After many more hours of internet research since my last flour posting, I'm still as confused as ever about the flour available in Switzerland/Europe. Why can't I buy high protein white flour??? It doesn't make any sense given all the fabulous bread available here. My only guesses are either a) euro flour is different and doesn't need to be high-protein to create highly structured bread or b) high-protein flour is available, but only to professional bakers or c) great mail-order flour sources exist but my terrible german/french/italian google skills are preventing me from finding them. I have a hard time believing hypothesis A or B so I'm hoping to find someone to help me with C. Is there some flour freak out there that can help me? Please!
In the absence of documentation, I'm resorting to manual tests. I started this morning by weighing my various flours (shown above), just to see what I'm dealing with. After doing this, I realized this was pointless, only motived by my sleep-deprived state. But it does provide a nice visual for this posting. I still need to purchase the "typed" flour available at Reformhaus. And I'm also still planning to drive the three hours to France and Italy to buy some of their flour, since apparently no one wants to sell it to me over the internet.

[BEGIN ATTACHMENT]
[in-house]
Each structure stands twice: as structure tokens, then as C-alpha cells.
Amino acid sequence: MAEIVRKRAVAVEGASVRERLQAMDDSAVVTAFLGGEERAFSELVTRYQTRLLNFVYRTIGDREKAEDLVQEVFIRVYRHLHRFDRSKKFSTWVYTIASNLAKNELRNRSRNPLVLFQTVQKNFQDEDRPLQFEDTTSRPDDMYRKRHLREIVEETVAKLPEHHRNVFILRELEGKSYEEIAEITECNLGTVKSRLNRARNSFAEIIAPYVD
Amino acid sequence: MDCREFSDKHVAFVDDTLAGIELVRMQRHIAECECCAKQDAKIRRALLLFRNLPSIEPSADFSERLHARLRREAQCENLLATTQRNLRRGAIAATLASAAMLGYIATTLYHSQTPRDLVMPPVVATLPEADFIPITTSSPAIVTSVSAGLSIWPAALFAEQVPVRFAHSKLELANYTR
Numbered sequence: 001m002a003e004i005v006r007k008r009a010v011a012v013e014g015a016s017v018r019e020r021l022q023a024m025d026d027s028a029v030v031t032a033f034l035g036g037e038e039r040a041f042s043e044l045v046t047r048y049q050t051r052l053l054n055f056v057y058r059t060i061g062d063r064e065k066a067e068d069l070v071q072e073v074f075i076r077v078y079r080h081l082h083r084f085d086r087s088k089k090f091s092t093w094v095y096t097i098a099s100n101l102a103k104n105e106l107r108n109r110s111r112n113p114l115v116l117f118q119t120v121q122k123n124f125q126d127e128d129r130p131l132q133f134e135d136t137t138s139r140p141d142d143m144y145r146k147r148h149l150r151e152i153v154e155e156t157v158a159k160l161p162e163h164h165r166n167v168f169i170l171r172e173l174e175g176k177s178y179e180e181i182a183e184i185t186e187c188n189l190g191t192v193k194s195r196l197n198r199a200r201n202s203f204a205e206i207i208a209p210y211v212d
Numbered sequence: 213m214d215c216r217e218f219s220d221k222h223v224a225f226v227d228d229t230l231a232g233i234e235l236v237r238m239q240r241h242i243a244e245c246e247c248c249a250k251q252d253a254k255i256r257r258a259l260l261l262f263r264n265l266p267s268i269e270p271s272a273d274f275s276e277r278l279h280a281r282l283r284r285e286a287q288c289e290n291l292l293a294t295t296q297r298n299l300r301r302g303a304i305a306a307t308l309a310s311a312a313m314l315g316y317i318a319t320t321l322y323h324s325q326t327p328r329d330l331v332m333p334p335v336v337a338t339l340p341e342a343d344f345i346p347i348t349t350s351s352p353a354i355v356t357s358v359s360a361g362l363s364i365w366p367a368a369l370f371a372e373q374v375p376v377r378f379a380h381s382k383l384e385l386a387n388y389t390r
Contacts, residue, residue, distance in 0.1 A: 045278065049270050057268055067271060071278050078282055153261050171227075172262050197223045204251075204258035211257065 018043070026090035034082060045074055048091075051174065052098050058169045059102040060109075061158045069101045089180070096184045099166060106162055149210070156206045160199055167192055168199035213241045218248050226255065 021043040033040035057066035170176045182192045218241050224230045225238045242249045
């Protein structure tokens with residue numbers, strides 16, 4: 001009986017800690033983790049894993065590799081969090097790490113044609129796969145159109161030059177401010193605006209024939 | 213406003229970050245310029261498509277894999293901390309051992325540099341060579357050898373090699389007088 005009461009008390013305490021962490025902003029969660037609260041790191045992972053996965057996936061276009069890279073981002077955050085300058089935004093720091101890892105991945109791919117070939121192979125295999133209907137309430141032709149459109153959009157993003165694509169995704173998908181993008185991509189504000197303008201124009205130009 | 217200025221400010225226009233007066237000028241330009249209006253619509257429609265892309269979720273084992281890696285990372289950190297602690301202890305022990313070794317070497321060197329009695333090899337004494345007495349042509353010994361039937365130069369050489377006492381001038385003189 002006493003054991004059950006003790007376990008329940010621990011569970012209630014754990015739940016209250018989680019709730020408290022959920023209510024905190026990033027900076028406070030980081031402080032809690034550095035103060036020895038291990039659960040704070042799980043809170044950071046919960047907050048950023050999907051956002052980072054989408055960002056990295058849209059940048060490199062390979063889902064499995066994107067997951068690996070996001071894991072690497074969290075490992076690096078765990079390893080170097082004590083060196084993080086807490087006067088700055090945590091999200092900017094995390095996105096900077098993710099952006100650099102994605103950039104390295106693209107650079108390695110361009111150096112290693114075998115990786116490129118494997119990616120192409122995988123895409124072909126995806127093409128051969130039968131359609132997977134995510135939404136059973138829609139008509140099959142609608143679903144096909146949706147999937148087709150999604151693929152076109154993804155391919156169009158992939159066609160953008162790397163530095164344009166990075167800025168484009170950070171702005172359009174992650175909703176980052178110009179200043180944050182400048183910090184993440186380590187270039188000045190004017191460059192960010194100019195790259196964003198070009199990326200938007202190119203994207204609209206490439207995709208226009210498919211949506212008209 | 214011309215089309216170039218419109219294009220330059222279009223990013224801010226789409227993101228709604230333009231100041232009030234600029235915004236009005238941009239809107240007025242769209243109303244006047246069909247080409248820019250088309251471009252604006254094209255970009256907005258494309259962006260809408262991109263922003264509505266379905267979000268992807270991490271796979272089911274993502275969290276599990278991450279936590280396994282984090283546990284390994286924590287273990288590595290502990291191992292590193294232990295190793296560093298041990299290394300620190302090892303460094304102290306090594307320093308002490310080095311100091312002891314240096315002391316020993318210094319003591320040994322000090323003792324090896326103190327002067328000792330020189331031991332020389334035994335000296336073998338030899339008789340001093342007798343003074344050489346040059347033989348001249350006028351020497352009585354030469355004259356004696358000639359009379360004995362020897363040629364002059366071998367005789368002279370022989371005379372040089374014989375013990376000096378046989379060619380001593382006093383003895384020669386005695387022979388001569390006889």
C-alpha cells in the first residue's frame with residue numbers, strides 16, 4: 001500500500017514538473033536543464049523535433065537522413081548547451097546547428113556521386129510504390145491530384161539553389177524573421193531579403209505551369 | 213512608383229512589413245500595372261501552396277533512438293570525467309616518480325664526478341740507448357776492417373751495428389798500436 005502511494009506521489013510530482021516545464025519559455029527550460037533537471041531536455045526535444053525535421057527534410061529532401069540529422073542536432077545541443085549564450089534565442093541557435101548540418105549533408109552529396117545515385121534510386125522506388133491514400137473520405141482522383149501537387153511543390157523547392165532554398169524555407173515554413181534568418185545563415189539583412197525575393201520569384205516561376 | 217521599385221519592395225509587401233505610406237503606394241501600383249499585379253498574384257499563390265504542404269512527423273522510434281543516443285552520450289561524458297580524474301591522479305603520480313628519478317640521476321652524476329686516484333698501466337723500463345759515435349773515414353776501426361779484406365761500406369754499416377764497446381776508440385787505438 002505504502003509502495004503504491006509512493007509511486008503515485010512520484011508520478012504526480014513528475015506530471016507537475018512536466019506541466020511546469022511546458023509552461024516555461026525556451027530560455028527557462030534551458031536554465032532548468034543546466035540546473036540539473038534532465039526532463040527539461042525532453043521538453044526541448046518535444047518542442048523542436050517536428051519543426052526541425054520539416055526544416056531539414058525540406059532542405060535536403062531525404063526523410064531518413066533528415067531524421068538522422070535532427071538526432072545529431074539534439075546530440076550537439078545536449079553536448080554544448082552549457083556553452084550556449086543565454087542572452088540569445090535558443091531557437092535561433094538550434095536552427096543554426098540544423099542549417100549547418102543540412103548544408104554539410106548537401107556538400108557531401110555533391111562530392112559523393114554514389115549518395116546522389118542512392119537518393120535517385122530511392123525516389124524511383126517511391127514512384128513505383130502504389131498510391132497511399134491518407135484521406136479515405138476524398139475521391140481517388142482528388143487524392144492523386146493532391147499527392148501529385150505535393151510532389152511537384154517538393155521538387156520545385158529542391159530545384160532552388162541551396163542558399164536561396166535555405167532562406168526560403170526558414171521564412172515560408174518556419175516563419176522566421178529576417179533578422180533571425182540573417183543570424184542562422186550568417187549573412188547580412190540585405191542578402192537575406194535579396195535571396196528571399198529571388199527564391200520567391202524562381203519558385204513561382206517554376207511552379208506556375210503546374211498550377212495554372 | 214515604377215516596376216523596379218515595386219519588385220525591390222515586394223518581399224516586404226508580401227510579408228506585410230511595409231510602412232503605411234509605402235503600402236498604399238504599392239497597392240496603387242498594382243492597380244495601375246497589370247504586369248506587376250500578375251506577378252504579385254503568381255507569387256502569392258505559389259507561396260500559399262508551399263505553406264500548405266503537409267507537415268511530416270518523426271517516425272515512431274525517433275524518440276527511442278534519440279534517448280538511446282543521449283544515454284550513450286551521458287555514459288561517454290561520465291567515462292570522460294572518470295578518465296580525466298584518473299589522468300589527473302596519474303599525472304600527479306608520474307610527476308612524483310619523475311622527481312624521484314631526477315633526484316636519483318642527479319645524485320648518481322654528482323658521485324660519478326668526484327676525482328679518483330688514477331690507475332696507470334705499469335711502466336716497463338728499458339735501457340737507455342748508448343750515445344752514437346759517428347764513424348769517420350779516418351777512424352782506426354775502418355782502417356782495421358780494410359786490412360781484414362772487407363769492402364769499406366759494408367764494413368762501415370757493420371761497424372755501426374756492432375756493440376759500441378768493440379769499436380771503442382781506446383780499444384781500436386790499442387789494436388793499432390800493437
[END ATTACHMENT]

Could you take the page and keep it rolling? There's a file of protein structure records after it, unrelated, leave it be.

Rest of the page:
My next project is to make various recipes with different flours to see what happens, comparing structure (tightness of grain), height, and flavor. Here's my plan so far:
· weissmehl 405, 550, and 812
ciabatta and pizza dough
· weissmehl 812
Random lingering questions:
· What is the difference between regular weissmehl and zopfmehl? The protein level is the same.
· What exactly are halbweissmehl and ruchmehl? I know they are part whole wheat, but what does that mean? What percentage whole grain is in these?